A piece of mail addressed to "Or Current Resident" was a fateful arrival for Sheila Johnson. It was an Evening at Emory catalog, the pages of which she flipped through one day and stumbled upon the course, "How to Start and Manage a Successful Small Business." The discovery was the beginning of Johnson's journey into self-employment.
Johnson, who owns a special events planning firm, is one of thousands of "graduates" of the jointly sponsored Evening at Emory/Small Business Administration (SBA) course, which will celebrate a 25-year partnership at the next session's beginning on April 7. Many course participants have gone on to start successful businesses, while others have saved themselves the money and anguish of a failed business attempt by deciding that owning a business was more than they bargained for.
"We often refer to this as the American Dream class," said Steve Stoffle, director of Evening at Emory. "Sometimes it's our job to temper the dream with some realism."
For Johnson, finding the course was coincidental; for veterinarian Joanne Roesner, it was the linchpin of a calculated plan to open her own clinic. Her Loving Hands Animal Clinic is now four years old, and Roesner will soon break ground in Alpharetta on a new, larger facility that can accommodate her business' growth.
"It is the platform I used to launch my business," said Roesner. "I feel very strongly about the course." She's so enthusiastic that she regularly speaks to other SBA classes. In fact, she spoke to Johnson's Evening at Emory class.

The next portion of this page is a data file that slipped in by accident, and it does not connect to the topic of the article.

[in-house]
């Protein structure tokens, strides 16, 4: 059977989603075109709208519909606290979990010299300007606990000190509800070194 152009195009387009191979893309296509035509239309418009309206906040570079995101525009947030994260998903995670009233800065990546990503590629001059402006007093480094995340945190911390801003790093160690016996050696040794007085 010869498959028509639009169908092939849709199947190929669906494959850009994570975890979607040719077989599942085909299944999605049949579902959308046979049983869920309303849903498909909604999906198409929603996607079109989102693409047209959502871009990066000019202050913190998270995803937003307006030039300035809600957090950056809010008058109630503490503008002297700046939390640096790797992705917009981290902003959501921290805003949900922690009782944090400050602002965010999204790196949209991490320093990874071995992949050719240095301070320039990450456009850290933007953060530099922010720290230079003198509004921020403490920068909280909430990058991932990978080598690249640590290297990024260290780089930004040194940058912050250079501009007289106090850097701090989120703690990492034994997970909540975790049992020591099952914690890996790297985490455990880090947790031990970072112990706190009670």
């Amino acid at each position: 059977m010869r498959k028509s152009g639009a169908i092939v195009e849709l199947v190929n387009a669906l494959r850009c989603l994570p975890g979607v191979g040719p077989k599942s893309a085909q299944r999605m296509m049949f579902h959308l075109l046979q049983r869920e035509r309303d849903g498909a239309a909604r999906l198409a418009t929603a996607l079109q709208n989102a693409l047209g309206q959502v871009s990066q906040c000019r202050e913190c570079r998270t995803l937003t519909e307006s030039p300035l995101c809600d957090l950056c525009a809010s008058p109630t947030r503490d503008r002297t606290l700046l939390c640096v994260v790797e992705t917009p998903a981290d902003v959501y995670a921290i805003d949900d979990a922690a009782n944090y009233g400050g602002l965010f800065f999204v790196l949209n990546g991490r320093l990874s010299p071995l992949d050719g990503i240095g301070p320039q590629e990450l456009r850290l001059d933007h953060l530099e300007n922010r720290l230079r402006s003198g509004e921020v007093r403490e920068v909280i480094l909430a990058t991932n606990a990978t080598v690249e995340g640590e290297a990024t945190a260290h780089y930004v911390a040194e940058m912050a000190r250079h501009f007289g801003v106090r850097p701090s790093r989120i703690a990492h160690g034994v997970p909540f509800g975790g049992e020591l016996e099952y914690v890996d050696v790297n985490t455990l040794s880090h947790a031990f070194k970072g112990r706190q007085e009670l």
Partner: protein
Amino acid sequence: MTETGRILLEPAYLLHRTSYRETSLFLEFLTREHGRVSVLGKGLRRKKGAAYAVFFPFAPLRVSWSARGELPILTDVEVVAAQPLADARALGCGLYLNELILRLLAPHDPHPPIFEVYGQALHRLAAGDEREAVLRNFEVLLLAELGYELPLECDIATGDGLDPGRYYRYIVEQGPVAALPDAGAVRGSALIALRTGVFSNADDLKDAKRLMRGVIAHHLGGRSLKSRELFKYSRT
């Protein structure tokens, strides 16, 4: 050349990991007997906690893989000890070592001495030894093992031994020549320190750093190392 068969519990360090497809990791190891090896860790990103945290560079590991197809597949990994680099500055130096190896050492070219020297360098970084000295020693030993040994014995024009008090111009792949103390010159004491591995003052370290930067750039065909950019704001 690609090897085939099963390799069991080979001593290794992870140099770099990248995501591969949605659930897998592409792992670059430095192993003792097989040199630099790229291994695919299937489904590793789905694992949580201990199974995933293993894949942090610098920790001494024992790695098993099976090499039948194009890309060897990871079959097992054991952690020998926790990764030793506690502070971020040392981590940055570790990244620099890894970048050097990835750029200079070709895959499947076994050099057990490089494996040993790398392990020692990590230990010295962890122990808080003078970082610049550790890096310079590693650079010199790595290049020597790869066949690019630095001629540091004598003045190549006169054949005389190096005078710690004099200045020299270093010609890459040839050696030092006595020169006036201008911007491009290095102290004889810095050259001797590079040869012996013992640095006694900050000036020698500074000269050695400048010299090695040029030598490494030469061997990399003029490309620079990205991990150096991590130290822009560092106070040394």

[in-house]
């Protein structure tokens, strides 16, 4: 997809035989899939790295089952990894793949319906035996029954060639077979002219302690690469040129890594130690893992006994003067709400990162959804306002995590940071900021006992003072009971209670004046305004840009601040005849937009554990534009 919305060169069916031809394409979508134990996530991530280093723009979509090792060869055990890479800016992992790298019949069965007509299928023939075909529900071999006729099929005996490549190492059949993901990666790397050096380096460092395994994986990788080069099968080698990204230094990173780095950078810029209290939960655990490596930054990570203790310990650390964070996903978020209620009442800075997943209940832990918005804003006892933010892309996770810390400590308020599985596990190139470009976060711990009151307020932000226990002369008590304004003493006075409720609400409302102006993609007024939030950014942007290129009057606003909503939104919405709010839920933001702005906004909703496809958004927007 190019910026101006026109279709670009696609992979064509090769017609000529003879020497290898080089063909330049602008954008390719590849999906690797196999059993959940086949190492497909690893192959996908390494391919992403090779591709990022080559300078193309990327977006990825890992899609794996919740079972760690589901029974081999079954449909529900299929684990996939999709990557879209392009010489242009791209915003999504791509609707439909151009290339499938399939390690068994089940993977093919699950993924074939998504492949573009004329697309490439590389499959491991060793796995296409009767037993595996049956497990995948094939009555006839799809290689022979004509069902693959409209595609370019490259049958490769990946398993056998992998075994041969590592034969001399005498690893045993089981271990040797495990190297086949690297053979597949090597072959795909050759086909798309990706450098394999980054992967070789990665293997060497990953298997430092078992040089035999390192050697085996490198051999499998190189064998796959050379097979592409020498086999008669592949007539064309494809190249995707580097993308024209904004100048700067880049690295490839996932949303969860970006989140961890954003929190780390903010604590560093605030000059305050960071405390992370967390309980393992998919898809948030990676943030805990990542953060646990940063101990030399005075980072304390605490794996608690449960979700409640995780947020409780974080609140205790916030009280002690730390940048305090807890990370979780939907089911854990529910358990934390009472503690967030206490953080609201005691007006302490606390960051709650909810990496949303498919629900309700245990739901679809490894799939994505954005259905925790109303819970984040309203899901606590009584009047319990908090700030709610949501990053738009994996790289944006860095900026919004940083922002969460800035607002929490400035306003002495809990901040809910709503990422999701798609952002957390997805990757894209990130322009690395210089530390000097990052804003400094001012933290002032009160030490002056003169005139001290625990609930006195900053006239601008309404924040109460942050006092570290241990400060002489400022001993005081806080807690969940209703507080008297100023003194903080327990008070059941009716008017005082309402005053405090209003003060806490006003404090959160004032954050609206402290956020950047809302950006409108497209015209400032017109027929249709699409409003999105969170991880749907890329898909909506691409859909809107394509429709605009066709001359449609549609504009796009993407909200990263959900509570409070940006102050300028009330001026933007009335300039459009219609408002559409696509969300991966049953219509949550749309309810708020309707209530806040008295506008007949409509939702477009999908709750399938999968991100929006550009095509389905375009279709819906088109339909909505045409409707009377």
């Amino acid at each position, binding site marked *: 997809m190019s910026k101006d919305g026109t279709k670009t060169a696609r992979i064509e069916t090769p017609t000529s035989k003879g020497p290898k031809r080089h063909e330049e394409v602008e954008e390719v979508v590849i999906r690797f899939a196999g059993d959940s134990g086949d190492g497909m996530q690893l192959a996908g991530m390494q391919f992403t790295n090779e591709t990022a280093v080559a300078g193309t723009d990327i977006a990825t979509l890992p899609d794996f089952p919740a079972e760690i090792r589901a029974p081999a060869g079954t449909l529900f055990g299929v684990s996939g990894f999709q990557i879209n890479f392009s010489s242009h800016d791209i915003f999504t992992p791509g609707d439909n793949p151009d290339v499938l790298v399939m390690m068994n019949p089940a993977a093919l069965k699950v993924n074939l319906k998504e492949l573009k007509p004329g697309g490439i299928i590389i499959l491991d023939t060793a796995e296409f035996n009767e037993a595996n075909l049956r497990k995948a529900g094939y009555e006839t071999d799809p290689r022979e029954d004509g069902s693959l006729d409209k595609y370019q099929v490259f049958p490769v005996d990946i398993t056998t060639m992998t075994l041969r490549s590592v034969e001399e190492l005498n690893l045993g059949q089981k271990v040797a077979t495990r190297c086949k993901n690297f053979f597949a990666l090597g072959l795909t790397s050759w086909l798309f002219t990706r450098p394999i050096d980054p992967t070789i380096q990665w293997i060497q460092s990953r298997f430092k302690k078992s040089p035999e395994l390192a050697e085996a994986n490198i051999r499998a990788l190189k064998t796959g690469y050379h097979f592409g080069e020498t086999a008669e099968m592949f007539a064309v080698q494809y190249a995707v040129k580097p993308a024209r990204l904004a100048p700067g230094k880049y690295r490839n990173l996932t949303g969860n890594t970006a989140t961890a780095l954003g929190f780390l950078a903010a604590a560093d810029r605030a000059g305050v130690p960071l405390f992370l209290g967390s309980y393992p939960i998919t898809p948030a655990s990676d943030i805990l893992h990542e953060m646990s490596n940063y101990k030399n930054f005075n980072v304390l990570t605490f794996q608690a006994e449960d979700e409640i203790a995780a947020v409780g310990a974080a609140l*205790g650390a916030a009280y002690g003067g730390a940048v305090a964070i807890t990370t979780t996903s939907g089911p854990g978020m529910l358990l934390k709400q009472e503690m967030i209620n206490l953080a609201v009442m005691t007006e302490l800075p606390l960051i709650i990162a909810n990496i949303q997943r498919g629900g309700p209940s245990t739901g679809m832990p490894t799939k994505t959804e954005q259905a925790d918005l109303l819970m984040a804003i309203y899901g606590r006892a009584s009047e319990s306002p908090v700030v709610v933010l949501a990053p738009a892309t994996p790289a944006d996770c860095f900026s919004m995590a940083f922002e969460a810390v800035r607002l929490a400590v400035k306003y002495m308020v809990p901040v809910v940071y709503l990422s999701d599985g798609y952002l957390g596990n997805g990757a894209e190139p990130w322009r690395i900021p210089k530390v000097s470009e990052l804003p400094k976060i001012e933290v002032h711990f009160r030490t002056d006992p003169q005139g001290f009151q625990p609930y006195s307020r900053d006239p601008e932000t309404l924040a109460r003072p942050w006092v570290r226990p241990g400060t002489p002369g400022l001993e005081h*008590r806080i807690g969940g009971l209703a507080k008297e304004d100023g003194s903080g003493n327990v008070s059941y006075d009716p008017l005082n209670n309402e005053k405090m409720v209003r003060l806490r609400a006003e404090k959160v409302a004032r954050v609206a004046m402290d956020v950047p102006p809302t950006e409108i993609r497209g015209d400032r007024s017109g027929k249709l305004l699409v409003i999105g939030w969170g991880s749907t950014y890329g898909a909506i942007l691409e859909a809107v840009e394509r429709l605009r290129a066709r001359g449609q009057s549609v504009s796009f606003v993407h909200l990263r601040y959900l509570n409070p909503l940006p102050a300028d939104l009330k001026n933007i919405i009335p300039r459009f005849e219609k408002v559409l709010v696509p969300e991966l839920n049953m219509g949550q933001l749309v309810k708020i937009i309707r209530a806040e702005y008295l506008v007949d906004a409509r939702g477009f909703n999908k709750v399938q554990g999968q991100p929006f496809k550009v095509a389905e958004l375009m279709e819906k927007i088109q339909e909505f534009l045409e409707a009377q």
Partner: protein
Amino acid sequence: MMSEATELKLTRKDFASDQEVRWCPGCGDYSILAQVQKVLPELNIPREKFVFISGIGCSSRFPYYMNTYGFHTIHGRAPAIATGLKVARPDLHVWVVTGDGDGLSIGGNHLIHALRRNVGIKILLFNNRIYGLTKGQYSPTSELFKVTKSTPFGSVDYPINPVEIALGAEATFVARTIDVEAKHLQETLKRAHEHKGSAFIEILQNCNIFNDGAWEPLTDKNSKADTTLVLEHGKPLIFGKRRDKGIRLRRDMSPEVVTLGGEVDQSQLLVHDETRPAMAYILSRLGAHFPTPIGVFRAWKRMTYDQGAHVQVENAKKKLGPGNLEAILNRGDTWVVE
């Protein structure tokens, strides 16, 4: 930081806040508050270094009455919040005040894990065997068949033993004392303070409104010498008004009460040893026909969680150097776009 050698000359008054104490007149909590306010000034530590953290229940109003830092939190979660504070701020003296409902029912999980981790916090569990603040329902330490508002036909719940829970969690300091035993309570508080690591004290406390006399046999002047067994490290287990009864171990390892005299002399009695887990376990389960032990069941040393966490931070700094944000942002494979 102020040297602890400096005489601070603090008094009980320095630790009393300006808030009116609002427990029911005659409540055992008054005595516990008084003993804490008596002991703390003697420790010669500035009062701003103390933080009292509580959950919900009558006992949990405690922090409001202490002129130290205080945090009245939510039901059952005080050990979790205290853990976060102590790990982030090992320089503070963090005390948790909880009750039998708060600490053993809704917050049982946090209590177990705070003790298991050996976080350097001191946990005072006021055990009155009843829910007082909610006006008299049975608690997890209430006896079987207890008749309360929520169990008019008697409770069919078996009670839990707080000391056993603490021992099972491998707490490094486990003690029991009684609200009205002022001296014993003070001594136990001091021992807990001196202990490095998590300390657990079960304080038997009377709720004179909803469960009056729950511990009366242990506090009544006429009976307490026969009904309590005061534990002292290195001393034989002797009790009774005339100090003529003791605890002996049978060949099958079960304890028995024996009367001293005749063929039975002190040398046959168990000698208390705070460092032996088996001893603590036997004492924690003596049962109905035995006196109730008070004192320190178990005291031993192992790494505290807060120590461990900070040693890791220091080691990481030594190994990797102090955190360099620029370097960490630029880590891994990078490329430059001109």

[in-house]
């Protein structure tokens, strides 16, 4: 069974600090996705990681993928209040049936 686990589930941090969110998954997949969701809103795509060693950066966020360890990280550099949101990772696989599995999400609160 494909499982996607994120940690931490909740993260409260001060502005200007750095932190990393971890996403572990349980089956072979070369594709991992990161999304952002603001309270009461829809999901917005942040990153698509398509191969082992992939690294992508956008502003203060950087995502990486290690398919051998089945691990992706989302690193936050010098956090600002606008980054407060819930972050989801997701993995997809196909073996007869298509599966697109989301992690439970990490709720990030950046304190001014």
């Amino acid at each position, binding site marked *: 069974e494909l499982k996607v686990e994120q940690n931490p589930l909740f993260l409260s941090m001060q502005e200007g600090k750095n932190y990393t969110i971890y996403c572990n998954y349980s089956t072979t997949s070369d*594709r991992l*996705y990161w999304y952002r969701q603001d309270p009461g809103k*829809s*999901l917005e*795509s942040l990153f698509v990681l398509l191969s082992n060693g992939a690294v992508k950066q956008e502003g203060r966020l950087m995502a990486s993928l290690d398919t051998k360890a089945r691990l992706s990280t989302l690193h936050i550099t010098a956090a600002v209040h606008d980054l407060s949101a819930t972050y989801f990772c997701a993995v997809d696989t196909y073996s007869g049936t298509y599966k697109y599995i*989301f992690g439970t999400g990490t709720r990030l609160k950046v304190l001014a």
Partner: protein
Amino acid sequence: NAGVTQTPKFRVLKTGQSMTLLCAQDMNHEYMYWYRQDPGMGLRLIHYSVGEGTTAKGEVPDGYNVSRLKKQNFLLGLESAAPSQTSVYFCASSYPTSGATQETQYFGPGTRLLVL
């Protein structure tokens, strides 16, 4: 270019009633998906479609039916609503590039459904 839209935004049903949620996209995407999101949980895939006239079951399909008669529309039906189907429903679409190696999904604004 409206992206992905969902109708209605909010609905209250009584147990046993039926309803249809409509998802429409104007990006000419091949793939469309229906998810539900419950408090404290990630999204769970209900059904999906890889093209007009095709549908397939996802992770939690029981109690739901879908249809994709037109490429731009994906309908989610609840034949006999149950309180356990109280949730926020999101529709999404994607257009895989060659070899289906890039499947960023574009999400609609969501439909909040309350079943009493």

Roesner told Johnson's class that she had planned and saved for a year before starting her business, while another guest speaker was a woman who started her business with a $500 investment. "We got to see two entrepreneurs who took opposite approaches, yet both were successful," said Johnson. "If I didn't have thousands of dollars saved, it was okay; it was going to be a lot harder, but it could still be done."
For both Roesner and Johnson, the most valuable component of the course was the access to other people's expertise. Both women have taken advantage of other SBA courses and have relied on contacts made through their initial courses.
"I learned that I don't know everything," said Roesner. "I learned to ask for help, to be flexible. I seek out appropriate and experienced consultants for the areas in which I don't have expertise. Plus my husband, who came along after I opened the business, has been invaluable. He provides the management background I don't have."
For Johnson, a tax expert's explanation of the labyrinthine Internal Revenue Service code was invaluable. But more important was the moral support she found in her class. "I learned to never give up," she said. "You've got to have a burning desire, but know where you're going. Plan your work and work your plan."
Johnson and Roesner are just two of the more than 5,000 Georgians who have taken the Evening at Emory/SBA course. According to Stoffle, Evening at Emory's 25-year partnership with the SBA is unprecedented. "This is the longest-running SBA course in the state," he said. "It has been an ideal match between their ability to provide experts and support for the class, and our access to the smart, ambitious and well-educated Emory neighbors who take the class."
To register for "How to Start and Manage a Successful Small Business" or any other Evening at Emory course, call 727-6000.